The government will prepare guidelines and a protective network for industrial accidents to strengthen its role as an overseer and administrator over malpractice, as the country continues to report deaths from workers on duty, the Ministry of Employment and Labor said Wednesday.
In a press briefing, Labor Minister Lee Jae-kap said the ministry is preparing to work with industries and corporations to create detailed guidelines that fall well within the realities of those obliged to follow.
“We have set up a safety management system by passing the bill on enhancing employer liability in industrial accidents last year, and we are working on making this more detailed so that companies can actually put the law into practice,” Lee said.
“The focus is to create a system where companies can voluntarily work to create protective instruments, and I believe that is a way for the number of industrial accidents to fall noticeably.”
Industrial accidents continued to rise as an issue even after the ministry strengthened monitoring of worksites and warned that companies failing to protect their employees from accidents at work will be dealt with sternly.
The issue gained additional spotlight recently after an employee of a Posco subcontractor died while replacing a conveyor roller at Pohang steel mill on Feb. 8. Posco Chairman Choi Jung-woo visited the plant last week and issued a public apology.
According to the steelmaker’s labor union, a total of 14 deaths have been observed since Choi was appointed in July 2018, eight of which have been confirmed as industrial accidents by the Labor Ministry.
The labor minister said the number of industrial accidents will fall noticeably once the ministry’s ongoing projects achieve progress. Part of the itiatives entails the official launch of the Occupational Safety and Health Headquarters in 2023.
“There will be a division solely tasked with preventing industrial accidents (in the new agency), and that will allow the Ministry of Employment and Labor to set up a special maintenance network in collaboration with local governments,” the minister said.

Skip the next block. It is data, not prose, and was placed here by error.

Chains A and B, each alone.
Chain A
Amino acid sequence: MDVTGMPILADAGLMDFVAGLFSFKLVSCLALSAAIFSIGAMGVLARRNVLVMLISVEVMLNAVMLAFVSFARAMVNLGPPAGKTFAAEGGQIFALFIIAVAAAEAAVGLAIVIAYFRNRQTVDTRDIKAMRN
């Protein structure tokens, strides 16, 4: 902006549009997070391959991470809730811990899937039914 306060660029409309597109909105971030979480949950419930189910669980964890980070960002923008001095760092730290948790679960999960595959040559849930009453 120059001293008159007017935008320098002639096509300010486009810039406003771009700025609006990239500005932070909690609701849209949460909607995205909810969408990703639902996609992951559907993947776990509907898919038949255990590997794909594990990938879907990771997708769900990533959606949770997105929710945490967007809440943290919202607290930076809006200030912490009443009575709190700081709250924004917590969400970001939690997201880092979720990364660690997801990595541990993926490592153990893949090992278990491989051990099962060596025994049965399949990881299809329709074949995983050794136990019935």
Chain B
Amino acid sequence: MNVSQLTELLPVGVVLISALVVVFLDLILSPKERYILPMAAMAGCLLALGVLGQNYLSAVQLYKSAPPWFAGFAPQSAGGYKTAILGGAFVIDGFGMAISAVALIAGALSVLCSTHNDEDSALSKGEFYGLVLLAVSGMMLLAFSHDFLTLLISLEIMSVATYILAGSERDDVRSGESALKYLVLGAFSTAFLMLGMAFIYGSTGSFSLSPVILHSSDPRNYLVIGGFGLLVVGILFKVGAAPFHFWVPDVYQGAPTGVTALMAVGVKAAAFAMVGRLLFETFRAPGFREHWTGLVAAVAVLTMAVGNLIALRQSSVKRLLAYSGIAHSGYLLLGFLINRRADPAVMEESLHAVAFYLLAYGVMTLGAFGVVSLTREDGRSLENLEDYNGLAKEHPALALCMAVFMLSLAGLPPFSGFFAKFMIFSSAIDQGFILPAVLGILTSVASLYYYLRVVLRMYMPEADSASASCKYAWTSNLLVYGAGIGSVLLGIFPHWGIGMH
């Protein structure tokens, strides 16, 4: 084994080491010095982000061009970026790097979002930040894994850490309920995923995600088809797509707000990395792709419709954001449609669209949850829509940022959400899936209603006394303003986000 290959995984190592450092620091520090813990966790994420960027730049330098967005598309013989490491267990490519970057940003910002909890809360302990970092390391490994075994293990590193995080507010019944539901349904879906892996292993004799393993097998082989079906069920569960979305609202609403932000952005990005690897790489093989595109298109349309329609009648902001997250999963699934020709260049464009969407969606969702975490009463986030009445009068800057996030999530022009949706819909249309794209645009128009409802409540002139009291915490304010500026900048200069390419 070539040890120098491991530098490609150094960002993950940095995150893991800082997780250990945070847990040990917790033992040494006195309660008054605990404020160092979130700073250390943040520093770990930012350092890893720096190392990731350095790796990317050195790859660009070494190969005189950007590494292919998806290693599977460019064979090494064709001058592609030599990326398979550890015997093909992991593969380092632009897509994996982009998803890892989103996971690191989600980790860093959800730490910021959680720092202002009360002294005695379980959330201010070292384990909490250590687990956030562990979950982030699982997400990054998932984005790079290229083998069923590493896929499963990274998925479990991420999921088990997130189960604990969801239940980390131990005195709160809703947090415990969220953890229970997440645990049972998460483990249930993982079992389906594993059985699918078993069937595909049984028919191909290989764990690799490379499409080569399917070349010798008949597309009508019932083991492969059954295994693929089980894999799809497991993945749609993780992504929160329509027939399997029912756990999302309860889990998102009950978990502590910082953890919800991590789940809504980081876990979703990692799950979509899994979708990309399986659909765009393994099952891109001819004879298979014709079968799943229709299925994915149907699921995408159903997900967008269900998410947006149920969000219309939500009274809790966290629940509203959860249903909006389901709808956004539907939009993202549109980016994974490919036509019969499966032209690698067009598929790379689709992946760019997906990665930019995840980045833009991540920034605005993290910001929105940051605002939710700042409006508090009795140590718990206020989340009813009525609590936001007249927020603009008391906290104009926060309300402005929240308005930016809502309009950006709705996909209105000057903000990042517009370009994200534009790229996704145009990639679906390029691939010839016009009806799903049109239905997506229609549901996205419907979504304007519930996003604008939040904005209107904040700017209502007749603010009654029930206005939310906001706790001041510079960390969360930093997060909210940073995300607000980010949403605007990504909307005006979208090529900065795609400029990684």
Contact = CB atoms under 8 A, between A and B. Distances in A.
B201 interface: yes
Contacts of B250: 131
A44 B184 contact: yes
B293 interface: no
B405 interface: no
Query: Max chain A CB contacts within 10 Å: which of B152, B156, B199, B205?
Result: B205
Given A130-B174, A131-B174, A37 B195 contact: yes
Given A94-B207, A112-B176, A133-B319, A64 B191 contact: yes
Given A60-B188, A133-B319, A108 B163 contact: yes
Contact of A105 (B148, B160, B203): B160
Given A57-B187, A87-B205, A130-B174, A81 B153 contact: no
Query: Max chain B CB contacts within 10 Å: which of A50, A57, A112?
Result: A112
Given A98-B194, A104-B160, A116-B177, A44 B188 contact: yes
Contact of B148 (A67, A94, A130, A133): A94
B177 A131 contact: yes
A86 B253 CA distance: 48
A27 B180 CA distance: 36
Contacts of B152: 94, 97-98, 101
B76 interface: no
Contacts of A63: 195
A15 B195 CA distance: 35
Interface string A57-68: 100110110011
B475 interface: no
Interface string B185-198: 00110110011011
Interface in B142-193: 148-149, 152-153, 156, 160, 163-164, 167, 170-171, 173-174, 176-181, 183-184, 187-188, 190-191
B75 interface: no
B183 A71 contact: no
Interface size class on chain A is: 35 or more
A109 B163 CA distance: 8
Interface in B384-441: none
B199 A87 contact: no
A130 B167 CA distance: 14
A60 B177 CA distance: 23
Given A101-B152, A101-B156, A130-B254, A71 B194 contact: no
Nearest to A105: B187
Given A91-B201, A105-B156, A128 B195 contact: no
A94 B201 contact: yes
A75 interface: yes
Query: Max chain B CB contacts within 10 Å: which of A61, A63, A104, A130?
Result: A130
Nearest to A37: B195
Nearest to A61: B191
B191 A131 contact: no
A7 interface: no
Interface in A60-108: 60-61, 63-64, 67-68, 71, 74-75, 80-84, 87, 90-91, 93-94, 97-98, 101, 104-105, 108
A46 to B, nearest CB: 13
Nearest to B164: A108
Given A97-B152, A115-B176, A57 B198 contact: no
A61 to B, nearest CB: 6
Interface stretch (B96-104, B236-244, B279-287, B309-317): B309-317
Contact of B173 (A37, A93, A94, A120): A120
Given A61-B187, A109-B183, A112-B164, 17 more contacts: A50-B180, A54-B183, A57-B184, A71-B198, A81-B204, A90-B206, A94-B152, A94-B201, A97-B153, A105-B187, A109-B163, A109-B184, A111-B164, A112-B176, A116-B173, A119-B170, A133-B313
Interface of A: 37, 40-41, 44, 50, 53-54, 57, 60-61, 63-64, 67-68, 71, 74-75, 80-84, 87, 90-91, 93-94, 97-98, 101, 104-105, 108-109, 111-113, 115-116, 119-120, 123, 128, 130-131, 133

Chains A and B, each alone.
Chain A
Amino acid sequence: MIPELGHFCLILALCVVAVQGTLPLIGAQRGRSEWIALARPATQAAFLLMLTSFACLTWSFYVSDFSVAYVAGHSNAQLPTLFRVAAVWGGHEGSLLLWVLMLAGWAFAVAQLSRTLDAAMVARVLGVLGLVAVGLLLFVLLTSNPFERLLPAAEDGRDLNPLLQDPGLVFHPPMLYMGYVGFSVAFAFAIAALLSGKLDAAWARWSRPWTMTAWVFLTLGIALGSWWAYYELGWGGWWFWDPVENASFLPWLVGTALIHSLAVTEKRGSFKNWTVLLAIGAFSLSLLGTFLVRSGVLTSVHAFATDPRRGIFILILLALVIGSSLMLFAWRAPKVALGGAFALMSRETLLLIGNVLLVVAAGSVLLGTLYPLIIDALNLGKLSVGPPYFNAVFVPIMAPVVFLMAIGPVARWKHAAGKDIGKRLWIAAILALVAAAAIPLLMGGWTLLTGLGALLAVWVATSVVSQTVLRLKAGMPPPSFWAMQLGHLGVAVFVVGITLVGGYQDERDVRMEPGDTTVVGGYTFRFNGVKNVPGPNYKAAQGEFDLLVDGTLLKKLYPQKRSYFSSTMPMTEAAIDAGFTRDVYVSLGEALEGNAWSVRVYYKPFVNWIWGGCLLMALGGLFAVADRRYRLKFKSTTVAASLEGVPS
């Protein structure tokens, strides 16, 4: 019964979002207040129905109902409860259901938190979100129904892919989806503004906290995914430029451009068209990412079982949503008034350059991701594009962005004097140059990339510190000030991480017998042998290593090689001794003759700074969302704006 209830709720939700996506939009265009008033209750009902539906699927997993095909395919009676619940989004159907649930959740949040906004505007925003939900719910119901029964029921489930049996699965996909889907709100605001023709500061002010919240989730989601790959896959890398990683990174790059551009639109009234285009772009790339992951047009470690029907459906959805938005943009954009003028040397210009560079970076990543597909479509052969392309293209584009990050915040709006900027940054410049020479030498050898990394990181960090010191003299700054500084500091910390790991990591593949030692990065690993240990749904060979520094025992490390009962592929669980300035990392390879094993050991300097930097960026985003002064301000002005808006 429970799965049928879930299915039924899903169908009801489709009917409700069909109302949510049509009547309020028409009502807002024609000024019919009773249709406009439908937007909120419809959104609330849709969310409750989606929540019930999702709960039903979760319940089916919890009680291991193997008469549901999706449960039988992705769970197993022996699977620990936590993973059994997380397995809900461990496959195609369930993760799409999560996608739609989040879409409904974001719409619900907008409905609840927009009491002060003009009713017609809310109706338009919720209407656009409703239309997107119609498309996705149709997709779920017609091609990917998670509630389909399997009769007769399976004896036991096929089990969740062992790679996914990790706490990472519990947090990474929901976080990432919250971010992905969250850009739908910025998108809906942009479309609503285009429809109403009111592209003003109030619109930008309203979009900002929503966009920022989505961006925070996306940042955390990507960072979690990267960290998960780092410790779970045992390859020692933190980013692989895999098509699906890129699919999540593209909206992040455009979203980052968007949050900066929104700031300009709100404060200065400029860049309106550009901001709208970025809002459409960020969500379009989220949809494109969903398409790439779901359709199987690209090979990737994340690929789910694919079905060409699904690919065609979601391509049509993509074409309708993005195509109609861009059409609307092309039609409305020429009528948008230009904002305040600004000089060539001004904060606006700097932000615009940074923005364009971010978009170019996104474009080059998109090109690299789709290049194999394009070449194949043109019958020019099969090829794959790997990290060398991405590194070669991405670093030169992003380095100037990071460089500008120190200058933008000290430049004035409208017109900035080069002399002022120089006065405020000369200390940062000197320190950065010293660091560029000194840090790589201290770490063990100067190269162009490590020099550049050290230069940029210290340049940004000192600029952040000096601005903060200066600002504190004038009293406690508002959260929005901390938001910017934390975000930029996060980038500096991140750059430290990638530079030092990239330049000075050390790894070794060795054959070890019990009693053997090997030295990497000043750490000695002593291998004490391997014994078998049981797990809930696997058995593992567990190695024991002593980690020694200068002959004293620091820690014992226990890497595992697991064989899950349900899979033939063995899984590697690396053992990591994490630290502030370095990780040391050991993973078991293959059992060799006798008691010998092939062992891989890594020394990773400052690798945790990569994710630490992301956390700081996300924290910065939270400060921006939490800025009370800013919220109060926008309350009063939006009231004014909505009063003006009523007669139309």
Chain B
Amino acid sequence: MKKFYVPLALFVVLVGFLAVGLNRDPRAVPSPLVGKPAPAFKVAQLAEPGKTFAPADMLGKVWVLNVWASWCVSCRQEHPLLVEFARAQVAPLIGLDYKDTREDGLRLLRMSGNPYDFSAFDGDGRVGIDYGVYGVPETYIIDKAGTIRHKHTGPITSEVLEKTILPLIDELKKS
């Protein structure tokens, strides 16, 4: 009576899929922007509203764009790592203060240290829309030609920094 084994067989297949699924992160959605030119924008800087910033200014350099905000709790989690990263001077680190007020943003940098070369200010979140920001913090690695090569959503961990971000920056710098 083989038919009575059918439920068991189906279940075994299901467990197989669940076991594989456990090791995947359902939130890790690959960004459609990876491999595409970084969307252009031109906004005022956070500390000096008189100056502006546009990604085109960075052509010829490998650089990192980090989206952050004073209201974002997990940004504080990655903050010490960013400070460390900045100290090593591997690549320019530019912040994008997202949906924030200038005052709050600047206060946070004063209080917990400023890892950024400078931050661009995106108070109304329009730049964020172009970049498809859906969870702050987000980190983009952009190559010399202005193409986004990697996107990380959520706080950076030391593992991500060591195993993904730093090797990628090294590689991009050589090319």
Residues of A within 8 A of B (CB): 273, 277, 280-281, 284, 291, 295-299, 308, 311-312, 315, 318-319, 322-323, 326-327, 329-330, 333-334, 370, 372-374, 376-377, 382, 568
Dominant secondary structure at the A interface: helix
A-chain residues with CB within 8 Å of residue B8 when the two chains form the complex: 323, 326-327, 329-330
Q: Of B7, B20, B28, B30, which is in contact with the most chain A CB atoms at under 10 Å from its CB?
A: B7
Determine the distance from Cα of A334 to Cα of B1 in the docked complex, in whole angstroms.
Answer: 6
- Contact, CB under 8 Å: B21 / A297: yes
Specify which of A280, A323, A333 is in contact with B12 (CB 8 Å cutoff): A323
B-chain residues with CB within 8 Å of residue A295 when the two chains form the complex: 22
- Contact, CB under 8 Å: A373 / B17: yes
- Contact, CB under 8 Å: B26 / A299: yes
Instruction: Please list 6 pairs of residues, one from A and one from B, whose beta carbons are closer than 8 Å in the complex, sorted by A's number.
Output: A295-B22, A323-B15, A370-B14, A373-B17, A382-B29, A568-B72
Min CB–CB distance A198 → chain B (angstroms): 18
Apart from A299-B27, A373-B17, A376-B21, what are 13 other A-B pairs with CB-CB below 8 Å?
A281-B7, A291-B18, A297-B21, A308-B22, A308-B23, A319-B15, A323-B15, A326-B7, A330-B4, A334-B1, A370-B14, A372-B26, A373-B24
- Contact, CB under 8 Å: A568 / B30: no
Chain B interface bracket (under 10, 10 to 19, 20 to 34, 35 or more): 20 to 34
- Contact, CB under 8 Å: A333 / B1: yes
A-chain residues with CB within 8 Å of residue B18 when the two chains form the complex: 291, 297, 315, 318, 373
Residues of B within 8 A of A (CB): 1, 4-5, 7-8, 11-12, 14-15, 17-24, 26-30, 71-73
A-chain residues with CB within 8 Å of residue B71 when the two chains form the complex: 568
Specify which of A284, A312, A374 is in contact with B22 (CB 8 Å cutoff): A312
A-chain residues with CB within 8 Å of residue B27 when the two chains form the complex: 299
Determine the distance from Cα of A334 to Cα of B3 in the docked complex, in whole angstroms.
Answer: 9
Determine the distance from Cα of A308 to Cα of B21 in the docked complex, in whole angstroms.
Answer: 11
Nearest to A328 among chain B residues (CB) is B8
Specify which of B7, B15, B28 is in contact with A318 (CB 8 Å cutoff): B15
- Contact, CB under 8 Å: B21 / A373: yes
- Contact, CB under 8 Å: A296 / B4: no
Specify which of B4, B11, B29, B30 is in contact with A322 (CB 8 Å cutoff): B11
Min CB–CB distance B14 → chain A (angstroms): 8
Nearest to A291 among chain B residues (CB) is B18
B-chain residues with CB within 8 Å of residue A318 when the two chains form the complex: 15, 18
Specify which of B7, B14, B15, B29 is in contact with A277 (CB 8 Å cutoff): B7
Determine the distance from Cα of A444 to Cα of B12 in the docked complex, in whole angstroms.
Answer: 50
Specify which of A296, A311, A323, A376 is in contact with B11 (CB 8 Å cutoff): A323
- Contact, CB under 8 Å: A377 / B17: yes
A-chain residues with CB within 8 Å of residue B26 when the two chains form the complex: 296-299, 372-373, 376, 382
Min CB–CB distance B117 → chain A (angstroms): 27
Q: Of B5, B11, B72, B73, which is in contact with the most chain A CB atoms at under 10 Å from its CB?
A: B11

“Around half of all industrial accidents come from the construction sector, so we could create a whole separate division tasked with the construction sector.”
The new agency will be launched as a spinoff independent administration from the Labor Ministry. The body will be in charge of investigating violators of what’s known as the “severe disaster law.”
Under the law, which passed last month at the National Assembly and officially takes effect early next year, business owners can be sentenced to at least one year in prison or a fine of up to 1 billion won ($900,000) if a fatal industrial accident occurs upon failure to comply with workplace safety rules.
The new law applies to businesses with five or more workers and has a grace period of three years to take effect.
“If wanting to cut the number of industrial accidents, firms have to prepare safety measures voluntarily and be equipped with ways to find risk factors on their own,” Lee added.
“The government has to strengthen supervision and monitoring of the industrial accident rules in place, and those out at the field should closely follow safety rules like wearing safety devices.”
In addressing continued job losses from the COVID-19 pandemic, the labor minister said the ministry is preparing some response measures but declined to elaborate, as the measures are dependent on the passage of a supplementary budget in discussion among officials.
Lee said he is aware that unemployment is serious for young job seekers and that risks are high for the financial losses of small merchants and business owners to continue.
While he acknowledged that the employment insurance fund is not in a stable state, Lee said the ministry has no problem in executing and providing unemployment benefits and employment assistant programs to those in need.
The minister said his officials are preparing vocational education programs and working with firms to stimulate the labor market. Additional training programs are also in preparation for opportunities that are expected to be made available after COVID-19 pandemic is over, he added.
By Ko Jun-tae (firstname.lastname@example.org